HS2 is expensive, unnecessary, unwanted and bad for levelling up - Alexander Stafford MP

Alexander Stafford, Conservative MP for Rother Valley, argues that HS2 is actually bad for the 'levelling up' project.

Concervative Rother Valley MP Alexander Stafford. Picture: Brian Eyre

SINCE my election as Member of Parliament for Rother Valley, I have resolutely opposed HS2. It is a project which has been overwhelmingly rejected by my constituents, with over 8,000 of them signing a petition calling for the scheme to be scrapped.

Many are members of anti-HS2 action groups in villages such as Bramley, Wales and Aston. My seat feels so strongly about the project because 400 of our homes are set to be demolished and precious ancient woodland destroyed to make way for the new line – and there will not even be a stop in our area.

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It is outrageous that we shall suffer all of the pain from this vanity project yet receive zero gain, with our beautiful countryside disfigured to benefit a small group of London business commuters travelling to Leeds.

However, the matter at hand is more fundamental than that. I have been vocal in arguing that HS2 runs counter to this Government’s levelling up agenda in areas like Rother Valley. We are told that HS2 is a critical part of levelling up, but this is quite frankly a fallacy.

The oft-quoted £150bn price tag for HS2 is sucking money and resources away from left behind communities in the North and providing them with no benefit in return. I have yet to see any evidence of HS2 being a force for good in Rother Valley, and that is because the case for this project in our area simply does not exist.

The people of Rother Valley are paying their share of £150bn for a railway line that runs from the capital to a prosperous regional city, targeted at a small, elite group of people, with journey times that are negligibly faster than they are currently and with no stops in our area or close by.

Recently I led a campaign to rejuvenate Rother Valley’s high streets with money from the Government’s flagship Levelling Up Fund, with £20m being the maximum grant available. It demonstrated how transformative this amount of money is for areas like mine and reinforced to me that HS2’s £150bn should be redistributed to Red Wall communities.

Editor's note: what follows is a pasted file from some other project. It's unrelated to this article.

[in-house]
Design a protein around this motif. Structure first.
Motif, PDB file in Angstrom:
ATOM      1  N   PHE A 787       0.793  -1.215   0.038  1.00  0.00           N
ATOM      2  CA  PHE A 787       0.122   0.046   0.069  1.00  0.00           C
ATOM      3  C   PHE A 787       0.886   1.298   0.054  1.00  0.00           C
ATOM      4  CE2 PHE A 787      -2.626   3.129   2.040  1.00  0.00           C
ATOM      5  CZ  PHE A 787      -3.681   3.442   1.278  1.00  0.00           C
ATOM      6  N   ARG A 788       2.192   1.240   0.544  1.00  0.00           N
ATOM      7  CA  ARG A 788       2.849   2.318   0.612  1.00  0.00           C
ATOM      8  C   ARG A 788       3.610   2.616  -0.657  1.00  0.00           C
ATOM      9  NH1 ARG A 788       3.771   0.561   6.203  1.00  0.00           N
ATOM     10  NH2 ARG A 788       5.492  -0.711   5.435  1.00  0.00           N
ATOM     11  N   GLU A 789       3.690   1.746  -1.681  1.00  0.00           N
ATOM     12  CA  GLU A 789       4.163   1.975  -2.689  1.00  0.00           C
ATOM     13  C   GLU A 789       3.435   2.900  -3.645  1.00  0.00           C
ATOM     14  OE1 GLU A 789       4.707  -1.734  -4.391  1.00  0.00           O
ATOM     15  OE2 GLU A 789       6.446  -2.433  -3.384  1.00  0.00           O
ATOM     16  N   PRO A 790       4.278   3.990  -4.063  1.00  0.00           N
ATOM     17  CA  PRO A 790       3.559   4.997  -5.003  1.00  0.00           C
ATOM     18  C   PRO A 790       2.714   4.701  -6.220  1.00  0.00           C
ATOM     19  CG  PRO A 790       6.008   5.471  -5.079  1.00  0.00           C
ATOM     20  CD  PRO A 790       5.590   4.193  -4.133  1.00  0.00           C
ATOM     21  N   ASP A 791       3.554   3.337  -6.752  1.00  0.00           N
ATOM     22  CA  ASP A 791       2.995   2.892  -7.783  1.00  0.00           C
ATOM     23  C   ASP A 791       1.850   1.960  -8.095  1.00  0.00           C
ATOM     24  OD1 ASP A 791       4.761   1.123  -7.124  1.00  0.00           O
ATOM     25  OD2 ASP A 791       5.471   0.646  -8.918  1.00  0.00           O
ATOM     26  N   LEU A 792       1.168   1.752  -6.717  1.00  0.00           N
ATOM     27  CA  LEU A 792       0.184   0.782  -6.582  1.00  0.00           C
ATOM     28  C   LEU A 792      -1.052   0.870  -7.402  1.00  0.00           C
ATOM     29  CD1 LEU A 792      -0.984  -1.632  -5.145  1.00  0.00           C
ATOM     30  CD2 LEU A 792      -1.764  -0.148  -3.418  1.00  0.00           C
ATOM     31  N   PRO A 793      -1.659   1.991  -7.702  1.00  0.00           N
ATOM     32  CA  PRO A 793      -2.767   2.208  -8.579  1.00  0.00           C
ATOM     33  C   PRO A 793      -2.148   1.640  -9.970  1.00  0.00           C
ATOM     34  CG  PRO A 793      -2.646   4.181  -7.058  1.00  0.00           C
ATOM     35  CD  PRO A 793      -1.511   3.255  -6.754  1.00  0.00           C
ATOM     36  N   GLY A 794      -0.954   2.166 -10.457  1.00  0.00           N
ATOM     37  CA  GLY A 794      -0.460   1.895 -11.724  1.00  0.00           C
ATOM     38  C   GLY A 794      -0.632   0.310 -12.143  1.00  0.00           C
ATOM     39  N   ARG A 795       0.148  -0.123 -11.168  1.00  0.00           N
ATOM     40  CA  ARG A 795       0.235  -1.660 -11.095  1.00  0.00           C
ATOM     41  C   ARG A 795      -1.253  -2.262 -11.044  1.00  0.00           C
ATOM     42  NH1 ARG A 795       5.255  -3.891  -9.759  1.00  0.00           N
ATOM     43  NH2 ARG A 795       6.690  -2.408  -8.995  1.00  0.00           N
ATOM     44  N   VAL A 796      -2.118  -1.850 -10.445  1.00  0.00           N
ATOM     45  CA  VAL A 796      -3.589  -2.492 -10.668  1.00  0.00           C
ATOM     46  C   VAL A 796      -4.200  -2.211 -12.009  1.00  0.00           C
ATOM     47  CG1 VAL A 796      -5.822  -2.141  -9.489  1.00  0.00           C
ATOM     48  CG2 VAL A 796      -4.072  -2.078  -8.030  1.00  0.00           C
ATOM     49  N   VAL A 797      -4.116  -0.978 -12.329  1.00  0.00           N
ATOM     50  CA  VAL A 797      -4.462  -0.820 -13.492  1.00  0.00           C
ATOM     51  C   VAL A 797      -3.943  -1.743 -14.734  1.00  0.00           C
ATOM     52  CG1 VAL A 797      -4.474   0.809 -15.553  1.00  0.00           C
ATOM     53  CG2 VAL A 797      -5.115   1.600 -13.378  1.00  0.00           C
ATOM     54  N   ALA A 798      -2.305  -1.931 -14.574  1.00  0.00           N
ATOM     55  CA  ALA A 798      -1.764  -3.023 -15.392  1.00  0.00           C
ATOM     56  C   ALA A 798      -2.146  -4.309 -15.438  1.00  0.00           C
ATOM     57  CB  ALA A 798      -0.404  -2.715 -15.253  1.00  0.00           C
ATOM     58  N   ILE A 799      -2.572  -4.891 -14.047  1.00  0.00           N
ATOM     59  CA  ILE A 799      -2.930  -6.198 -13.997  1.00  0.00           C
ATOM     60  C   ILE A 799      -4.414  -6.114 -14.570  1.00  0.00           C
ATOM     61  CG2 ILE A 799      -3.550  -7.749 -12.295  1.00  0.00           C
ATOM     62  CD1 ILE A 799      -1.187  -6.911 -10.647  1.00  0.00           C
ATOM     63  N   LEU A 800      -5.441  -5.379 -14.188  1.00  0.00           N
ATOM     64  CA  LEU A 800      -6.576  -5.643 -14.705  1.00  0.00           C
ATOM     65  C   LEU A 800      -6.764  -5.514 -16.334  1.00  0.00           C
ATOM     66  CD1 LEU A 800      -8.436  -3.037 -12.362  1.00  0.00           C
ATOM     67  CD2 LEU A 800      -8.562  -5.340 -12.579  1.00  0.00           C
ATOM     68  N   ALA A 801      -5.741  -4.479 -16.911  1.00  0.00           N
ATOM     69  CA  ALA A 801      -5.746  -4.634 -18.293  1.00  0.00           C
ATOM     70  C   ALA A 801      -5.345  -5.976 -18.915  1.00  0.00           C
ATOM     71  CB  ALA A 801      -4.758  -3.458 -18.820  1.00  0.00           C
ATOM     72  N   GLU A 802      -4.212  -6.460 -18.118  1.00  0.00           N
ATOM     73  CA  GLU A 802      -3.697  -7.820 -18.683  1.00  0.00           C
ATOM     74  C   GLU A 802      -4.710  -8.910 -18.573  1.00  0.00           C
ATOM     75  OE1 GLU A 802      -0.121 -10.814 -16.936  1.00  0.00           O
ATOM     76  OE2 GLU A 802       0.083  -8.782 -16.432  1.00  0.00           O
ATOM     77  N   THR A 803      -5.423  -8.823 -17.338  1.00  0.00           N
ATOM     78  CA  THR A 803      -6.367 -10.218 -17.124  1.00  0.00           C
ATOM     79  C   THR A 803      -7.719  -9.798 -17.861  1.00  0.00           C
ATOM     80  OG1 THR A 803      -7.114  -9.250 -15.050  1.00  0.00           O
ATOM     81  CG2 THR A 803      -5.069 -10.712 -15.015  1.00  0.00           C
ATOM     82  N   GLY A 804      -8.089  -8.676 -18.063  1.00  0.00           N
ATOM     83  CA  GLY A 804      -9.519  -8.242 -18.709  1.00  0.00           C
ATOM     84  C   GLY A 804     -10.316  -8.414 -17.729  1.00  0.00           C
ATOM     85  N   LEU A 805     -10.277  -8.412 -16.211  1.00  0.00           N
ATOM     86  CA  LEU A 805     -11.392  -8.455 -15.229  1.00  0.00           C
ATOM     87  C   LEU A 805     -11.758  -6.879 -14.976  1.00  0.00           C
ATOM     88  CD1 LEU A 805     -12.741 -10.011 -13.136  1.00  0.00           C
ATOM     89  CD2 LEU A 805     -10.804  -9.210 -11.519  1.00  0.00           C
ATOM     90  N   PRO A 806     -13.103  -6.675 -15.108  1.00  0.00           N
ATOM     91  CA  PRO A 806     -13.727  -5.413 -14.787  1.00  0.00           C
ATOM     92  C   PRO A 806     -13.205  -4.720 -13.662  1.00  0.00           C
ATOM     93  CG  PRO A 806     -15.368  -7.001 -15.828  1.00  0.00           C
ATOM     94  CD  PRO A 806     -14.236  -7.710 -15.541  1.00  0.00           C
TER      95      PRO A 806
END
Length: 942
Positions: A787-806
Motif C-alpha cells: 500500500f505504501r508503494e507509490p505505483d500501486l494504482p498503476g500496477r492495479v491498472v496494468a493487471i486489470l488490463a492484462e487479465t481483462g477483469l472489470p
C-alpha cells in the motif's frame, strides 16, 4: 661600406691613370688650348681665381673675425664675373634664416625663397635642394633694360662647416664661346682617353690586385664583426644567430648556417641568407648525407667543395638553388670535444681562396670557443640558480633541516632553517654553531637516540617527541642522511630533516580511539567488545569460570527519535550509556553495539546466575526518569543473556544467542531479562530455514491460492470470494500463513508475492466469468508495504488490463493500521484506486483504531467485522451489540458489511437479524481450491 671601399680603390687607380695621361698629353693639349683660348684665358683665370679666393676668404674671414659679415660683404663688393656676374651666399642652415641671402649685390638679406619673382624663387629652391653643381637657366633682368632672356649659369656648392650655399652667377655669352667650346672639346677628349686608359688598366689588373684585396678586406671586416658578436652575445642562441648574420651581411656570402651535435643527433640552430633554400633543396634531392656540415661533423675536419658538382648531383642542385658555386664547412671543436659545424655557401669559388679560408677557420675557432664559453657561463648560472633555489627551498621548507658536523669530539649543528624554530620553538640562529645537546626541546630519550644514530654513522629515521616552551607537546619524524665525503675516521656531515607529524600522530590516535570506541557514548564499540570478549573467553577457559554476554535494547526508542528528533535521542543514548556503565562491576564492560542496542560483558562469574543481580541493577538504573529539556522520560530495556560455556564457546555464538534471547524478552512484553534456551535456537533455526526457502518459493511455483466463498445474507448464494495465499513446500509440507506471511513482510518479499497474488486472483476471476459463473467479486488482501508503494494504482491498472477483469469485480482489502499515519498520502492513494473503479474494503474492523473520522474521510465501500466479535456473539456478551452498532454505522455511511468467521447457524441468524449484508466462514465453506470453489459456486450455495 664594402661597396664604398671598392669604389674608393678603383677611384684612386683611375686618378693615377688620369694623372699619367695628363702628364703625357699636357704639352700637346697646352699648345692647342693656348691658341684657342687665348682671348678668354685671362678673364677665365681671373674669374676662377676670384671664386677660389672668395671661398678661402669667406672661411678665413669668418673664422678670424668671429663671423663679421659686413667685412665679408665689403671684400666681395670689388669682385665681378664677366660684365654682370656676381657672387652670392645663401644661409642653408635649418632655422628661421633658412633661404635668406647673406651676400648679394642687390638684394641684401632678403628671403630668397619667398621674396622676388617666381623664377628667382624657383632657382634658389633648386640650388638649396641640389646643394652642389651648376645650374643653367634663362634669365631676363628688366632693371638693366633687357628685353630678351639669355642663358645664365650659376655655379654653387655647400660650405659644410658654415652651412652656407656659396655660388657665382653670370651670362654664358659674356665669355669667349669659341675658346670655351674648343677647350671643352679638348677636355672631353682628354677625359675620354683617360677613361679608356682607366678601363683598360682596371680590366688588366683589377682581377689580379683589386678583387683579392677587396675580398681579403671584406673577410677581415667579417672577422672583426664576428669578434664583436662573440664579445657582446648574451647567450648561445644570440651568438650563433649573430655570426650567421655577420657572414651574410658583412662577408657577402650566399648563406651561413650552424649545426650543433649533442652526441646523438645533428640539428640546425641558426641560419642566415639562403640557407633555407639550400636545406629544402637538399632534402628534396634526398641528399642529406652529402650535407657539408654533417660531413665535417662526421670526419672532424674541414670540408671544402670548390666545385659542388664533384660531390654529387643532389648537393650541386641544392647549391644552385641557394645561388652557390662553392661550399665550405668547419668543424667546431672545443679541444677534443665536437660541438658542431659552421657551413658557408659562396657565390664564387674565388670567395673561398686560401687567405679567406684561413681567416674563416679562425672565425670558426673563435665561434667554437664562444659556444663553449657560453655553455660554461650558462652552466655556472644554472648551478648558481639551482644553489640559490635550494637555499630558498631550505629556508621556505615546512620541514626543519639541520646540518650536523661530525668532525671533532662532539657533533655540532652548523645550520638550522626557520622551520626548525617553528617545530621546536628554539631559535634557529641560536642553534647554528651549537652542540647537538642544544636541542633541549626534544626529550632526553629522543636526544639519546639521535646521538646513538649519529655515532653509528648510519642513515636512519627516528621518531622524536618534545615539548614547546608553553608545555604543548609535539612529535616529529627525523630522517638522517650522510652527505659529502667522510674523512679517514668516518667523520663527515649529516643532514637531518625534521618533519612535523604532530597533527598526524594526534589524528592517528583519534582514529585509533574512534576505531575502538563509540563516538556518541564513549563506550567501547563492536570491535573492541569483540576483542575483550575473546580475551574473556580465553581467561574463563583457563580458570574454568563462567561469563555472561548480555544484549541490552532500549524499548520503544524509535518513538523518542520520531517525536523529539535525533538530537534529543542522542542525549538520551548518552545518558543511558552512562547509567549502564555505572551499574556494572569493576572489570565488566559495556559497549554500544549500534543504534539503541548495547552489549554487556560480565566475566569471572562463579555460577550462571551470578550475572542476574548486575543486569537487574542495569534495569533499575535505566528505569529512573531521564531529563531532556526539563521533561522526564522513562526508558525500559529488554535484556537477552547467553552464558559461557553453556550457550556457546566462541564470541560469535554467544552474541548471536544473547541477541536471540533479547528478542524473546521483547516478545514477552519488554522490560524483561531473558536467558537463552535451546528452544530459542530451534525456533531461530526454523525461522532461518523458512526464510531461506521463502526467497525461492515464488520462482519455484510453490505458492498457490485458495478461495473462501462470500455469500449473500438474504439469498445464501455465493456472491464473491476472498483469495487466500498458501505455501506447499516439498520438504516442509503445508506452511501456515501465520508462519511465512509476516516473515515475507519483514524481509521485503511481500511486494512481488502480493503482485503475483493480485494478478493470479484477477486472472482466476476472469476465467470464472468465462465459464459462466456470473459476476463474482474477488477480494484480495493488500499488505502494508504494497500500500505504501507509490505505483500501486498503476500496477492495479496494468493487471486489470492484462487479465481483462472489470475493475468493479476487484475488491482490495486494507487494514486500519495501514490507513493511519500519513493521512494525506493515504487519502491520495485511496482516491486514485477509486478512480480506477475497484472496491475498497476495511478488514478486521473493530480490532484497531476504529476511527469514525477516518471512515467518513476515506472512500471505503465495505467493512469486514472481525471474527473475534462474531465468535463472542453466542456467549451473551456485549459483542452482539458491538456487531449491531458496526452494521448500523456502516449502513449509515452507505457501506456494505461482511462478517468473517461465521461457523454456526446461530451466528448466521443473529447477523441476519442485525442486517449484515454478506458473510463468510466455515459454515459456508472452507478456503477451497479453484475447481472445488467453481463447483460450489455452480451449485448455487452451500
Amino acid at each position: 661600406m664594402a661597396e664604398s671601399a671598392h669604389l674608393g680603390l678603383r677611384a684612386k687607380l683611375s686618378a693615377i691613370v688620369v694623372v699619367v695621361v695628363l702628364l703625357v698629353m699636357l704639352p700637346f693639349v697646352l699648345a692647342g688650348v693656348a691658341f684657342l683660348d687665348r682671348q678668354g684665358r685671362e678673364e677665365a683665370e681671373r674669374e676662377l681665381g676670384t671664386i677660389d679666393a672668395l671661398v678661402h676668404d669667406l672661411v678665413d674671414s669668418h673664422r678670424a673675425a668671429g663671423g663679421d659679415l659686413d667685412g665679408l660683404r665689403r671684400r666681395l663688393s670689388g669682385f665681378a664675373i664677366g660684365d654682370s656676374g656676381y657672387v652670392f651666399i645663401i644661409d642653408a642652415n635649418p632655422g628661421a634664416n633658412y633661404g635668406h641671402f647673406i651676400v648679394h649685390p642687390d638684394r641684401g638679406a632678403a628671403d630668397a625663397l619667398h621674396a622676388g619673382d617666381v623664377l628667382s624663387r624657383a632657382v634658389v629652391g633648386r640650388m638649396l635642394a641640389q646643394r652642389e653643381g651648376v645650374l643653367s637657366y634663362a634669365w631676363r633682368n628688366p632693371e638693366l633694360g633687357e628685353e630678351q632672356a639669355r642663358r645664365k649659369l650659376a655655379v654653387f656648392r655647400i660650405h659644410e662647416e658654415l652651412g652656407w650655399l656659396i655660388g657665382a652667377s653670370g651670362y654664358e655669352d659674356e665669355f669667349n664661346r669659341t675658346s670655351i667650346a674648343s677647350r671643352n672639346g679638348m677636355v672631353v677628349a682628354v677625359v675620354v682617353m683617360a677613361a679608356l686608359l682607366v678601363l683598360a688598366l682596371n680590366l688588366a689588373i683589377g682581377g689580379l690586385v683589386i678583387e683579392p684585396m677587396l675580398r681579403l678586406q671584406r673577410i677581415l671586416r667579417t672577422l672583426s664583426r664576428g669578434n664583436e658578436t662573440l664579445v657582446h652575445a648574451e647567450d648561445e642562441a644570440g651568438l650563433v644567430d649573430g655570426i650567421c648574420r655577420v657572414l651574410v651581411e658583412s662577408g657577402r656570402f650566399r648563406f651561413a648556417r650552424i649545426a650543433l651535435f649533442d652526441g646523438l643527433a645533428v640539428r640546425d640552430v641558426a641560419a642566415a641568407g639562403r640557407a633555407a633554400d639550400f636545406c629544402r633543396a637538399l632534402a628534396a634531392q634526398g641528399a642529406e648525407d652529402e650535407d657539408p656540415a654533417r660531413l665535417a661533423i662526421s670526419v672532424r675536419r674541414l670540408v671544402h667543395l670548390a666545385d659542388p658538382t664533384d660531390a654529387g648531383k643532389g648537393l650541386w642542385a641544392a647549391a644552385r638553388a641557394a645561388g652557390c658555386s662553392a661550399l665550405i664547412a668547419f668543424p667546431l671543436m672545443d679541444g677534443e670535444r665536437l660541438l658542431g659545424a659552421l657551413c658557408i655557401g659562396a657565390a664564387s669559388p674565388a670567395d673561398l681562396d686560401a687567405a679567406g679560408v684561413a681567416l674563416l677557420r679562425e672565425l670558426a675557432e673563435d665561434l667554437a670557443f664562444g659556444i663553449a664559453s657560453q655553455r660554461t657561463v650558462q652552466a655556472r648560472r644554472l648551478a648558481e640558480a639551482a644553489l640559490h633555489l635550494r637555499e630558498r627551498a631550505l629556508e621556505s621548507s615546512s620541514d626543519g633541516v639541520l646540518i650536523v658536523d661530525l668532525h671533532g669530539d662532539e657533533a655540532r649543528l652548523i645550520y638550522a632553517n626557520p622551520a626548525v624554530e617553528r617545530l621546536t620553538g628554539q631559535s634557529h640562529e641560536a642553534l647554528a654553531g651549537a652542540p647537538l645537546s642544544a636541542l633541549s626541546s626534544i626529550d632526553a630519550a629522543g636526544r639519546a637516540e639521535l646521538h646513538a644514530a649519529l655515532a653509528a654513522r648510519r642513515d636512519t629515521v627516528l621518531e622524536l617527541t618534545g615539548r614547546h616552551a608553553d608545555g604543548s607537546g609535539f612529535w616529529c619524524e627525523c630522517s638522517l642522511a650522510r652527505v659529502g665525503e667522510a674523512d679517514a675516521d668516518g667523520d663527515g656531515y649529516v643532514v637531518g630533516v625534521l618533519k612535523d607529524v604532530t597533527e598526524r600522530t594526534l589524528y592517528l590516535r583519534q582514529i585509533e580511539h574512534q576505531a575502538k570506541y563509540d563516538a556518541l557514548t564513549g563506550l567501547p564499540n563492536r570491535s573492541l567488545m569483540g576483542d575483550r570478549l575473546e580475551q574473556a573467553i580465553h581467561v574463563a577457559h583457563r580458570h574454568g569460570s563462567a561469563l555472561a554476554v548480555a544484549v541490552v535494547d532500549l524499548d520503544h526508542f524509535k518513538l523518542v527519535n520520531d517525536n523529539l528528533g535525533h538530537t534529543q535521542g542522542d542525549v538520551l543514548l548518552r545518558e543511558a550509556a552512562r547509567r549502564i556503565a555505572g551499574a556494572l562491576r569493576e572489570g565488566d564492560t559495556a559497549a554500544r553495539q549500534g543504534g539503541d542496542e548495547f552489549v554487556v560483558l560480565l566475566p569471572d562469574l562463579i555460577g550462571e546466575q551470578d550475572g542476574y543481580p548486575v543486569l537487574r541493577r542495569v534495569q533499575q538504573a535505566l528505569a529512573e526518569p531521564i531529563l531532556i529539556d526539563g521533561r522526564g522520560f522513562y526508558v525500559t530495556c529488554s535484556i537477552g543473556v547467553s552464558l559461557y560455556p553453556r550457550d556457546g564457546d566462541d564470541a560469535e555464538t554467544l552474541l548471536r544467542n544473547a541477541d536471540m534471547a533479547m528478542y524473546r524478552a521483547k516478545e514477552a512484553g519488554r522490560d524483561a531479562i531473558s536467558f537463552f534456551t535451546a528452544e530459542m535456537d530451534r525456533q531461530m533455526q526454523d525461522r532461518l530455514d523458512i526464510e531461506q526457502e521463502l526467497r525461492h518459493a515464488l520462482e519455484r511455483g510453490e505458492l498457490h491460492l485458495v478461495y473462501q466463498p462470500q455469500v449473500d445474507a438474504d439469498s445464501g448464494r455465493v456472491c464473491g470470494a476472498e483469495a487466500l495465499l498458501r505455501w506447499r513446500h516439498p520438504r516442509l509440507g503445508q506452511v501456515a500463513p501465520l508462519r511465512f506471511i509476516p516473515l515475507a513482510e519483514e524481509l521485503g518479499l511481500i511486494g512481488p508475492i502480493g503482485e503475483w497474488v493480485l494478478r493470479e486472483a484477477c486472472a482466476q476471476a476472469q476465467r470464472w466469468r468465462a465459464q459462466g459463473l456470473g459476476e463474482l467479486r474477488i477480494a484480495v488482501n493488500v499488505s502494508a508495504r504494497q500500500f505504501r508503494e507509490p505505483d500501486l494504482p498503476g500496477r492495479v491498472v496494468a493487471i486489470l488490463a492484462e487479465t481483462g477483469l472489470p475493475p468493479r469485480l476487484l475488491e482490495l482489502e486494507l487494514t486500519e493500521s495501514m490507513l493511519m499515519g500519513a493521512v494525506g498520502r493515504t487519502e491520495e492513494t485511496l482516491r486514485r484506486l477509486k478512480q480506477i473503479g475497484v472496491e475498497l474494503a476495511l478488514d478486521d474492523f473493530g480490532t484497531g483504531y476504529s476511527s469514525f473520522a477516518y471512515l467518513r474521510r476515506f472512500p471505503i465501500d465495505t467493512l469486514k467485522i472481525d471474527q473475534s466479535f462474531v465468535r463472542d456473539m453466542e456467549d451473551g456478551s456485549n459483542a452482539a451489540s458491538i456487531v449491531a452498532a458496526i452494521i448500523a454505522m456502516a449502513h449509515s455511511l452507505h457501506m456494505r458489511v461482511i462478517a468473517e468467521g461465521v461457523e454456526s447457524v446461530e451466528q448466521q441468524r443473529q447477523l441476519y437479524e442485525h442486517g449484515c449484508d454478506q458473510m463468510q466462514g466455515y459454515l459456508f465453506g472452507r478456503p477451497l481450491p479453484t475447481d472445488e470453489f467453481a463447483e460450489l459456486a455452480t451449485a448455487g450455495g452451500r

It is truly remarkable what we could do with just £15m, never mind the billions being spent on this project. I believe that levelling up means empowering local residents and amplifying their voices, and we have said loudly and clearly that HS2 must be stopped. If we do want to level up by improving transport connectivity, which I agree is of paramount importance, then we must focus on spending this money on first-rate regional rail, buses, and roads.

The residents of Rother Valley want reliable, frequent, and affordable buses to Sheffield, Doncaster, Barnsley and Worksop for employment, education, health, and leisure. They want the construction of the Northern Powerhouse Rail to link up the North’s major cities, creating a large metropolitan hub which can compete with London in terms of opportunity and prosperity.

Indeed, they want a fast trans-Pennine rail link to Manchester, which has been talked about for years. This ties in with my campaign to restore the South Yorkshire Joint Railway, linking together many of the region’s core settlements. They want well-maintained and fast roads between our towns and cities. They do not want yet another rail link to London, a city which the majority do not tend to visit regularly and when needed is easy to reach on an existing route.

Not only is HS2 a vast waste of money, but it is also a huge drain on resources. I hear from suppliers and construction companies that there are shortages of skilled tradespeople and materials such as concrete for other critical infrastructure projects. This is a direct obstacle to levelling up which must be addressed urgently.

Furthermore, at a time when the Labour-run Rotherham Metropolitan Borough Council is running roughshod over residents’ wishes by building houses on our precious green belt, HS2 is destroying perfectly good homes. This is not levelling up in action.

The writing is on the wall. HS2 is expensive, unnecessary, and unwanted, but most crucially of all it hinders our levelling up agenda. The 2b arm of HS2 must be cancelled immediately and not simply paused.

Fortunately, if reports are to be believed, this is what will happen. I welcome this but will not rest until my constituents, whose homes are being destroyed or compulsorily purchased, can be sure. Once scrapped, we can focus on the levelling up initiatives which really make a difference across the North.